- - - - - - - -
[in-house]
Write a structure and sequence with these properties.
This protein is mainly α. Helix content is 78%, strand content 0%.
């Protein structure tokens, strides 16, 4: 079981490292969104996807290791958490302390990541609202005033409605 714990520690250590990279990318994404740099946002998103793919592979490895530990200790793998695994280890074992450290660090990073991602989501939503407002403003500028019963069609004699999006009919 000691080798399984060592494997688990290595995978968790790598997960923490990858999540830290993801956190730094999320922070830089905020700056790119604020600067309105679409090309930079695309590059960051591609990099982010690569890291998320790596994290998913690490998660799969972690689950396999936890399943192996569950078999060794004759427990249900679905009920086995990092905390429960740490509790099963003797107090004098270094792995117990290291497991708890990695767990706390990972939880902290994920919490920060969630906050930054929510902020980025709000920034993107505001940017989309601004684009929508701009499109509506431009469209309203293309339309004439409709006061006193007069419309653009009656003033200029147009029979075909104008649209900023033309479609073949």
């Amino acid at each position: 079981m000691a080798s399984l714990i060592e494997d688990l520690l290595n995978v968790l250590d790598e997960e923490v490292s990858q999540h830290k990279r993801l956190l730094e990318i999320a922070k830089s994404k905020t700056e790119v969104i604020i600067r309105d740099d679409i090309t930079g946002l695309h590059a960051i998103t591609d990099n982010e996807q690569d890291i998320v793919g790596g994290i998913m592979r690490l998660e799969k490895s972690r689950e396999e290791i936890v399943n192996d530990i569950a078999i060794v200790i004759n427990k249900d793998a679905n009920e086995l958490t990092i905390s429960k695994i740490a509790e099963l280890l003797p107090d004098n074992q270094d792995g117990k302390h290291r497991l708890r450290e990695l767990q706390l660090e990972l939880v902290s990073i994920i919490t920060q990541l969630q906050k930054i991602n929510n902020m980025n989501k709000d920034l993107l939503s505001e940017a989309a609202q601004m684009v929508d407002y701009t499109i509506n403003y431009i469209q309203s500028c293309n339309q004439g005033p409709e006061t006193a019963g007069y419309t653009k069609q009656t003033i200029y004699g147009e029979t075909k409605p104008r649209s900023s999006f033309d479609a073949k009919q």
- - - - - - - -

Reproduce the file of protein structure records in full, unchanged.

[in-house]
Write a structure and sequence with these properties.
This protein is mainly α. Helix content is 78%, strand content 0%.
């Protein structure tokens, strides 16, 4: 079981490292969104996807290791958490302390990541609202005033409605 714990520690250590990279990318994404740099946002998103793919592979490895530990200790793998695994280890074992450290660090990073991602989501939503407002403003500028019963069609004699999006009919 000691080798399984060592494997688990290595995978968790790598997960923490990858999540830290993801956190730094999320922070830089905020700056790119604020600067309105679409090309930079695309590059960051591609990099982010690569890291998320790596994290998913690490998660799969972690689950396999936890399943192996569950078999060794004759427990249900679905009920086995990092905390429960740490509790099963003797107090004098270094792995117990290291497991708890990695767990706390990972939880902290994920919490920060969630906050930054929510902020980025709000920034993107505001940017989309601004684009929508701009499109509506431009469209309203293309339309004439409709006061006193007069419309653009009656003033200029147009029979075909104008649209900023033309479609073949």
């Amino acid at each position: 079981m000691a080798s399984l714990i060592e494997d688990l520690l290595n995978v968790l250590d790598e997960e923490v490292s990858q999540h830290k990279r993801l956190l730094e990318i999320a922070k830089s994404k905020t700056e790119v969104i604020i600067r309105d740099d679409i090309t930079g946002l695309h590059a960051i998103t591609d990099n982010e996807q690569d890291i998320v793919g790596g994290i998913m592979r690490l998660e799969k490895s972690r689950e396999e290791i936890v399943n192996d530990i569950a078999i060794v200790i004759n427990k249900d793998a679905n009920e086995l958490t990092i905390s429960k695994i740490a509790e099963l280890l003797p107090d004098n074992q270094d792995g117990k302390h290291r497991l708890r450290e990695l767990q706390l660090e990972l939880v902290s990073i994920i919490t920060q990541l969630q906050k930054i991602n929510n902020m980025n989501k709000d920034l993107l939503s505001e940017a989309a609202q601004m684009v929508d407002y701009t499109i509506n403003y431009i469209q309203s500028c293309n339309q004439g005033p409709e006061t006193a019963g007069y419309t653009k069609q009656t003033i200029y004699g147009e029979t075909k409605p104008r649209s900023s999006f033309d479609a073949k009919q």